In areas where farm runoff travels to the waters of Lake
Erie, farmers and agricultural retailers are working together to improve water
The new 4R Nutrient Stewardship Certification Program, first
implemented in mid-March and administered by the Ohio AgriBusiness Association,
is designed to minimize nutrient loss from farm fields and create long-term
positive impacts on water quality. The program outlines a plan to help
participants in the Lake Erie Watershed implement the 4Rs of nutrient
stewardship: using the Right Source of Nutrients at the Right Rate and Right
Time in the Right Place.
Agricultural retailers have the opportunity to sign up for
the voluntary program, the requirements of which must be followed by all of the
retailers’ customers. For most, this means changing current practices to meet
the program guidelines.
Ohio farmers Terry McClure of Grover Hill and John Motter of
Jenera attended the program’s kickoff event. Both are members of the Ohio
Soybean Council, which has provided support to help get the new program up and
running, and each participated in piloting the program before it was unveiled.
“I’m impressed with the way our retailers have embraced the
4R campaign, and I believe it will be integral to the success of our farmers as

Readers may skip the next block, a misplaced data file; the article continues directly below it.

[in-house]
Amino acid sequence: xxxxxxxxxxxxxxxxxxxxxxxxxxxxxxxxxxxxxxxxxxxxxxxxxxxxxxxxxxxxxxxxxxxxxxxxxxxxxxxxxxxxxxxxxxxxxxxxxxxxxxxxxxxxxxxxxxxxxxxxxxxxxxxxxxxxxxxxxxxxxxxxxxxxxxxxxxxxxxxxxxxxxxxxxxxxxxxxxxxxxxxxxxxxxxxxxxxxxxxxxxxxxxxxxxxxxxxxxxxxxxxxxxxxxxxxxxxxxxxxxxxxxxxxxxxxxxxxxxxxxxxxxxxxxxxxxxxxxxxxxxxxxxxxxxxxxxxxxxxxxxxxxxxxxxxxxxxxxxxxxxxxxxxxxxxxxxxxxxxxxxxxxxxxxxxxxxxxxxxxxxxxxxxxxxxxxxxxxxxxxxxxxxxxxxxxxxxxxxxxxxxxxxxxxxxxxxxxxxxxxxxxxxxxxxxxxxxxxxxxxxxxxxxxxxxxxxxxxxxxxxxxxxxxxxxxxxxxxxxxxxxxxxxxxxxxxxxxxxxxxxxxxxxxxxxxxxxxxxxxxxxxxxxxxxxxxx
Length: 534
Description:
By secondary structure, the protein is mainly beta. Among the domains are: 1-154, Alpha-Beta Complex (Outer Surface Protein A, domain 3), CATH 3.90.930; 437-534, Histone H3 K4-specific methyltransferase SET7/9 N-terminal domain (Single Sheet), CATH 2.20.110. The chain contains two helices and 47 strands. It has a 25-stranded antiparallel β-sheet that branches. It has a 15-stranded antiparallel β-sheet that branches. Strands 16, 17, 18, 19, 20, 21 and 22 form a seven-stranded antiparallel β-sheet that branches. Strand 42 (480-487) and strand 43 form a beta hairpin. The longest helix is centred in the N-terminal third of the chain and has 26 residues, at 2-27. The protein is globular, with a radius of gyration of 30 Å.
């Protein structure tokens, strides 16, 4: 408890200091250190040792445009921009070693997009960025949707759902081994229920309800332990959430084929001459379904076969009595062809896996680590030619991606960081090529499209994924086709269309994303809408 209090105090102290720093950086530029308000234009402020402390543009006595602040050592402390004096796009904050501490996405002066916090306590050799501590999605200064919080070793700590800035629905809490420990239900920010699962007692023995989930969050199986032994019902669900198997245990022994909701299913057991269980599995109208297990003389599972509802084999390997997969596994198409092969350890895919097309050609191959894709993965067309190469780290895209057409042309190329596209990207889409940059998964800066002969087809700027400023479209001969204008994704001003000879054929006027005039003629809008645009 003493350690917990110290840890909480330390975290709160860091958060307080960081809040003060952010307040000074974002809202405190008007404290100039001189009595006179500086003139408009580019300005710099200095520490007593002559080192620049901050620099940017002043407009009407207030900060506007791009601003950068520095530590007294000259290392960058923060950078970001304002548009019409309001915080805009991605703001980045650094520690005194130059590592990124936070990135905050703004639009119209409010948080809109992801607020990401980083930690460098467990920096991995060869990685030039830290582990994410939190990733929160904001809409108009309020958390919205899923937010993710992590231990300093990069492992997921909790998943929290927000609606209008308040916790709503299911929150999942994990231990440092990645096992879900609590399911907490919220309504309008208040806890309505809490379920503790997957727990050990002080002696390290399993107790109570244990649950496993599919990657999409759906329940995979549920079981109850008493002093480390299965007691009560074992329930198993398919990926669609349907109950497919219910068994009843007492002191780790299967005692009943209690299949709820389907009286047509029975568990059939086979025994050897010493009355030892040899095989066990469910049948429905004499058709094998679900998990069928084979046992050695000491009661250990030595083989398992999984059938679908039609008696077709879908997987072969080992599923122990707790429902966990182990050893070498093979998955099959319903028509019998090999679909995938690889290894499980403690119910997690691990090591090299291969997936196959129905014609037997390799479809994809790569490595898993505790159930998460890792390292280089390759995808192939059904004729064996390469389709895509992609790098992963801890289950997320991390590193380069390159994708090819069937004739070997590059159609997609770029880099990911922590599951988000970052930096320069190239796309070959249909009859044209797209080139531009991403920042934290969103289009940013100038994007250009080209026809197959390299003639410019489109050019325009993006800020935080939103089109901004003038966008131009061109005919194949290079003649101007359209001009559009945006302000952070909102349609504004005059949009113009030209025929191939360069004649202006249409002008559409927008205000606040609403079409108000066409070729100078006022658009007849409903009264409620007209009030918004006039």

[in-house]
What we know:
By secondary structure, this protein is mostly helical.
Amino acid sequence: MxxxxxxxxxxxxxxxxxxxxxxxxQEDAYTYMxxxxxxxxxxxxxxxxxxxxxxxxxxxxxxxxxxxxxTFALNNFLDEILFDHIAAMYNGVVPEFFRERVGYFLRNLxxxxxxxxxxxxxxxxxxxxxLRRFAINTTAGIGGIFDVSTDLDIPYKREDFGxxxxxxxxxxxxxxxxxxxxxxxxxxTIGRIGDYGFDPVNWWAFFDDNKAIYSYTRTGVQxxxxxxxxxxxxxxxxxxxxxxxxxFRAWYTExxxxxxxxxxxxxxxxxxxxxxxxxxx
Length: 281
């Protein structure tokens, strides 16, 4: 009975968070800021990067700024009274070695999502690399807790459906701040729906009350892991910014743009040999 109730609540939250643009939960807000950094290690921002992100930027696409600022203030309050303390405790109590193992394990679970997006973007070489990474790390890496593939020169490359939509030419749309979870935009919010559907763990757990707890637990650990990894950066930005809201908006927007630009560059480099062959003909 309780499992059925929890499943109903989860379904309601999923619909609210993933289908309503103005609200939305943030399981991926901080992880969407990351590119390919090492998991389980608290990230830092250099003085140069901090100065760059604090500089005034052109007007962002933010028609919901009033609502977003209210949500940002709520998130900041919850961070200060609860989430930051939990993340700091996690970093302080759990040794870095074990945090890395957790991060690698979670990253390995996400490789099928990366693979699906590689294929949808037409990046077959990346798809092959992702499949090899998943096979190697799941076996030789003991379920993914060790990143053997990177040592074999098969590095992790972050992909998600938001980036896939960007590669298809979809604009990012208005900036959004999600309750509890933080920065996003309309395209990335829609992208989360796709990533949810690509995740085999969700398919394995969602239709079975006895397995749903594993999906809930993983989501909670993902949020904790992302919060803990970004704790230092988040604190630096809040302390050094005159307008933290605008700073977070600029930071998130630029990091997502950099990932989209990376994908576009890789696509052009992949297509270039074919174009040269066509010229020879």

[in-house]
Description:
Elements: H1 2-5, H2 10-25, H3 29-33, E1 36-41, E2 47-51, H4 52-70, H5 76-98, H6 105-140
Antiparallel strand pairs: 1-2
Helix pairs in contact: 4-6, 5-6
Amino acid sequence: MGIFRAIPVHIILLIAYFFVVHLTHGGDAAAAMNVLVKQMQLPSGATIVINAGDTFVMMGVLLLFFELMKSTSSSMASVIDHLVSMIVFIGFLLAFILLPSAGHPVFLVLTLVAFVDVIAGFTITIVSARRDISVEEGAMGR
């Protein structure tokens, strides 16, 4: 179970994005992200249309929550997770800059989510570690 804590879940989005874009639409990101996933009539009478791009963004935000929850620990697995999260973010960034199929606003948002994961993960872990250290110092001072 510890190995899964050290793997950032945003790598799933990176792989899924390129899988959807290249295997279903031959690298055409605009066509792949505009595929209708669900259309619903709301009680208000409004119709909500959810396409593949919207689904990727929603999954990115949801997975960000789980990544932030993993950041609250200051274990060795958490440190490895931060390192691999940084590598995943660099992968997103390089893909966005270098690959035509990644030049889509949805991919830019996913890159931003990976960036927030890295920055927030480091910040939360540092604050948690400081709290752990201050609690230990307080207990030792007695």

we work hard to better utilize our nutrients,” McClure said.
“We, in agriculture, do not need a new regulation or law to
do the right thing,” Motter said, noting that farmers are committed to helping
prevent runoff. “We need to understand the problem and the solution. I truly
believe that every farmer wants to do the right thing.”
The certification program outlines an initial three-year
plan for retailers or Nutrient Service Providers. Each year addresses a new
goal for providers, while also requiring the guidelines of the previous years.
Retailers will receive training to better help their
customers implement the 4Rs. Other requirements for providers include accounting
for all sources of nutrients applied, maintaining records of weather conditions
before and during nutrient application and including a field’s watershed
information in their report. This information and more will be used to continue
to decrease the fertilizer runoff rate and gauge how agriculture is affecting
water in Lake Erie.
As of mid-June, more than 50 agricultural retailers in the
Lake Erie Watershed have signed up to participate in the certification program.